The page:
Moving to the UK – A starter for 10!

    April 2014

    I am assuming that the individual is a non UK dom (by this I mean VERY broadly that the UK is not where he has his natural home/ where he intends to permanently reside). When coming to the UK it is very likely that he will become UK resident (this will be determined by reference to the number of days he is in the UK and/or connecting factors he has to the UK/ whether he works/has a home in the UK).

    A UK resident individual will be taxable on their worldwide income and gains. A non dom will only pay IHT on UK situs assets (unless he becomes deemed dom when he has been here for 17 years and has no double tax treaty protection). A UK res non dom can protect his non UK income and gains by electing to be taxed on the “remittance basis”. To claim the remittance basis after 7 years of UK residency, an annual charge of £30,000 is imposed which increases to £50,000 after 12 years. We are market leaders in terms of remittance basis planning.

    The individual is likely to want funds to spend in the UK and will prefer to do so without a charge to tax here. This can be arranged by organizing his remittances correctly – but this is best done in advance. It is really difficult to do once he has arrived and become resident here.

    Most likely your client moving to the UK will want to purchase a (residential) property.

    The individual needs to consider how the purchase will be funded and owned. The recently introduced Annual Tax on Enveloped Dwellings (“ATED”) charge on companies and other “non-natural persons” holding UK residential property makes purchasing through a “wrapper” much less attractive these days. Using a trust will be expensive as there are periodic charges, entrance and exit charges to contend with.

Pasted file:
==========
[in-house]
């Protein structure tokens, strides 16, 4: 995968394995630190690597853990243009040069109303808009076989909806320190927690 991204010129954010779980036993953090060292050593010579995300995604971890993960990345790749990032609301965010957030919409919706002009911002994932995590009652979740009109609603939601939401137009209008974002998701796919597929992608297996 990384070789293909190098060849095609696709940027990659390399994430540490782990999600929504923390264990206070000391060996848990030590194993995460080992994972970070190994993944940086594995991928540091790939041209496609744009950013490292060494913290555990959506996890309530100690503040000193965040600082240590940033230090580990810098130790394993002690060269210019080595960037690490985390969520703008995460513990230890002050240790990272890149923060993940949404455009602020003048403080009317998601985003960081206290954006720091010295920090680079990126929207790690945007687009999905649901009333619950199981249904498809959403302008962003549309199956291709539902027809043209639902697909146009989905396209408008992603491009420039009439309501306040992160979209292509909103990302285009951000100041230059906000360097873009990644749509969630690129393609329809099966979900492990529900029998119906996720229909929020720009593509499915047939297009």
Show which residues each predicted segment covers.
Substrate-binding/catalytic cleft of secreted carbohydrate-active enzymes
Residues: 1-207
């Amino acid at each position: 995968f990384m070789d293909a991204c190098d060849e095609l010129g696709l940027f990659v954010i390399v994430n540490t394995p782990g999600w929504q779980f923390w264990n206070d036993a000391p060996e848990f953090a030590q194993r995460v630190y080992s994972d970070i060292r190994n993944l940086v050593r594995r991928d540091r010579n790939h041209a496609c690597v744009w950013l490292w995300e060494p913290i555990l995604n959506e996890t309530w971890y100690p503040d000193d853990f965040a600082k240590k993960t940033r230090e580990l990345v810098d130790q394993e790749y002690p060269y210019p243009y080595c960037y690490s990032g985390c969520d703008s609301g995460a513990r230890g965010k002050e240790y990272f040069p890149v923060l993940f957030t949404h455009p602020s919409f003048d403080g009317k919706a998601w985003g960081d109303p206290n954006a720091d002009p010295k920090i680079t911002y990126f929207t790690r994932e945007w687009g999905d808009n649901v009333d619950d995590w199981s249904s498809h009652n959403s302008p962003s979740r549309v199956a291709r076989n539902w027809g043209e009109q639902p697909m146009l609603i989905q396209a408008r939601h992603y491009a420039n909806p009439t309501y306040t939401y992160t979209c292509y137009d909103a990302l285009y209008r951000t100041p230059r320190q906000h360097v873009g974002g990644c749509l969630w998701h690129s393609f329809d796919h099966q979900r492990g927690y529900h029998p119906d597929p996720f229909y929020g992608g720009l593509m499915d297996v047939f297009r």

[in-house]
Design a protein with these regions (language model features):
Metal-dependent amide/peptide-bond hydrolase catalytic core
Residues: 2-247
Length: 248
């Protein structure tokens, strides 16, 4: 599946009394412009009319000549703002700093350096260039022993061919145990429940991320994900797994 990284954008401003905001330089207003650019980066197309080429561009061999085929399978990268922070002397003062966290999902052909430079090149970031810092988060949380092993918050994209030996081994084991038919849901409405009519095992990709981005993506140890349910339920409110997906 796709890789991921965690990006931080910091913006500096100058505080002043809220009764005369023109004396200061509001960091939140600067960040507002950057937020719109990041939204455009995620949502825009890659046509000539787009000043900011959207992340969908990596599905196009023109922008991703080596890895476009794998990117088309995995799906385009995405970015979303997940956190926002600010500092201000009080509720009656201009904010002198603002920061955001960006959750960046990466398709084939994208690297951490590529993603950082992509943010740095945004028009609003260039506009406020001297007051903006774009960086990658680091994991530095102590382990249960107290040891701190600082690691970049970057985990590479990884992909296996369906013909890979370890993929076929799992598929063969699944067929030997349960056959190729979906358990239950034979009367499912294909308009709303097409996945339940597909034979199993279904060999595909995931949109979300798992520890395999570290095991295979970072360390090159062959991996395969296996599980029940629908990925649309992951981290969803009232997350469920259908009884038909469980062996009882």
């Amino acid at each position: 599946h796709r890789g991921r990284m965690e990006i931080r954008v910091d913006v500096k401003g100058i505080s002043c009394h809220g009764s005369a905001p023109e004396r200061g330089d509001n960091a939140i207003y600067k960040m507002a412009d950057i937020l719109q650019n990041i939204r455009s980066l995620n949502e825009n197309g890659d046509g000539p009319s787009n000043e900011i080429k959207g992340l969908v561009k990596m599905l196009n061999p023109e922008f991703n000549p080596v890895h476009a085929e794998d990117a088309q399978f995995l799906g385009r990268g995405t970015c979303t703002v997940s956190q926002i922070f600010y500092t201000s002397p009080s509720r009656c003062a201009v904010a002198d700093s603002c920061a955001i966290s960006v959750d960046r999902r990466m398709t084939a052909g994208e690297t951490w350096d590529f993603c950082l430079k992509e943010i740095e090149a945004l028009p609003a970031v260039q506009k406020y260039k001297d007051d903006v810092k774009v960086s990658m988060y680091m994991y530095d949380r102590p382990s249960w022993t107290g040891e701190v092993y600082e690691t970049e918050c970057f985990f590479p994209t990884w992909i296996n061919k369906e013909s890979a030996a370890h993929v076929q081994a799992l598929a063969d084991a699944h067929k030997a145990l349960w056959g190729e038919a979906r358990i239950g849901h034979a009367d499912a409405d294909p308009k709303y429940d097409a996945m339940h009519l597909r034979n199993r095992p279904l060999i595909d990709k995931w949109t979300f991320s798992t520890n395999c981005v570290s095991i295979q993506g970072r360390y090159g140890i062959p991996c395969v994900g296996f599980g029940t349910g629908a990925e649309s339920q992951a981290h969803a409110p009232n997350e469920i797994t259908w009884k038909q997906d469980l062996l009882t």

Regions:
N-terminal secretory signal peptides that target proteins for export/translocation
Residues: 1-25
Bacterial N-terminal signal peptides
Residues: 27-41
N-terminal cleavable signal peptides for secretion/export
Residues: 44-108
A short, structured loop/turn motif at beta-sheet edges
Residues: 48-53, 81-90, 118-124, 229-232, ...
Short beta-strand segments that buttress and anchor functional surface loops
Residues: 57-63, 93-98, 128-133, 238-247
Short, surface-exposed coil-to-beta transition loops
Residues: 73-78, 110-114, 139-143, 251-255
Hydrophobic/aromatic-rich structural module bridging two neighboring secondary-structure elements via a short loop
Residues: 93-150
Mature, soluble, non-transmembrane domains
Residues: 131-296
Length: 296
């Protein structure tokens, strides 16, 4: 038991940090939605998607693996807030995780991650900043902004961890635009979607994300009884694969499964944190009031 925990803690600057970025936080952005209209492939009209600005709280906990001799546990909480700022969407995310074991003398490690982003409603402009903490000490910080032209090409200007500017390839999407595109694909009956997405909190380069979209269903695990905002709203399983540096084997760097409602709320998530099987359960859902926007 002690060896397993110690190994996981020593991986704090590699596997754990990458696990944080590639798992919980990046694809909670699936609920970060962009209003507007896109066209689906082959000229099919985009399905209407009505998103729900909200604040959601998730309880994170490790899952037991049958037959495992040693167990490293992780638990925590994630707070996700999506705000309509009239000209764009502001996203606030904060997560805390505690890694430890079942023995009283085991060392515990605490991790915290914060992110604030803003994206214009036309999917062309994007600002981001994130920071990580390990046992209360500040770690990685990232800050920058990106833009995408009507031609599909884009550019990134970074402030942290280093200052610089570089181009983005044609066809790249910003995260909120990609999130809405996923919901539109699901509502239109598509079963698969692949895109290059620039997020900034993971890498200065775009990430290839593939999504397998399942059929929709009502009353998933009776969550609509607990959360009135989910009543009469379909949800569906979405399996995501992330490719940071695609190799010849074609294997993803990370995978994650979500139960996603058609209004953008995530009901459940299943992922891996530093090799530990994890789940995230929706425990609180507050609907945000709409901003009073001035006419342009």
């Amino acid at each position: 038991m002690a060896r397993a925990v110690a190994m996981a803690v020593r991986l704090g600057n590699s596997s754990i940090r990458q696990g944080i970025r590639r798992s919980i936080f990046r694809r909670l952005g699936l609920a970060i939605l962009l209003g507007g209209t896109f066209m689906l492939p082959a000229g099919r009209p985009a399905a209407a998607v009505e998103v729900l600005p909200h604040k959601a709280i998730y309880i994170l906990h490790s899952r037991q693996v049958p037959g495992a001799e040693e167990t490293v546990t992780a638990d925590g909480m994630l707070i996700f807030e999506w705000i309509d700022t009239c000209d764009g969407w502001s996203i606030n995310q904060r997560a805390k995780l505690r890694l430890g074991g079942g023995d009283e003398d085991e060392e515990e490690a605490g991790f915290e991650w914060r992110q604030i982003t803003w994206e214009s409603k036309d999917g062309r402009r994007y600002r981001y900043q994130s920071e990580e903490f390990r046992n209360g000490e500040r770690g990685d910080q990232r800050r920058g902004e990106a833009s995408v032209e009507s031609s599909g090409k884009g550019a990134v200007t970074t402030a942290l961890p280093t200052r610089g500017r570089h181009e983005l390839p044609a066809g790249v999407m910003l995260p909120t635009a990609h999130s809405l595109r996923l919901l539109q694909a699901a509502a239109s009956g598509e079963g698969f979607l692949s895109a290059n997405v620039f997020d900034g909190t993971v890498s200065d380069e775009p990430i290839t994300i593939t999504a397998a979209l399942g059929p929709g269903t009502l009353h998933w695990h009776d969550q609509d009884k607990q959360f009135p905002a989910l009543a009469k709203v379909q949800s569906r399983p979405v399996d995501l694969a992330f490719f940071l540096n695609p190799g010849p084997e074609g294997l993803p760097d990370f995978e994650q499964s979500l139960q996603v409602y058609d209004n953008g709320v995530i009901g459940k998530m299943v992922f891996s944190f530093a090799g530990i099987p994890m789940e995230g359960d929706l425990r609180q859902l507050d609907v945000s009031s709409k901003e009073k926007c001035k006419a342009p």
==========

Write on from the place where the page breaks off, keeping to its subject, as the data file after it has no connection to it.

It is now usually preferable for the individual to purchase in his own name (via a nominee if desirable) and ultimately Principal Private Residence Relief should be available to exempt the capital gain on any eventual disposal (again we can help with planning around this).

    The individual may also want to set up a business in the UK. Interposing an offshore trust can be a good answer here. It will mean that any gains can be sheltered offshore on an eventual exit – although many people will be satisfied with paying 10% capital gains tax if they can qualify for Entrepreneurs relief.

    So in summary, what to think about:

    1. Domicile and residence status- check the position also in home country;
    2. Organising funds prior to arrival in the UK in order to maximize the usefulness of the remittance basis- this will include setting up separate income and capital accounts going forward- we can discuss the intricacies of this with your client;
    3. Perhaps setting up an offshore trust structure to shelter any gains.
    4. Does the individual need a UK will?

    Hopefully this is helpful as a starter for 10!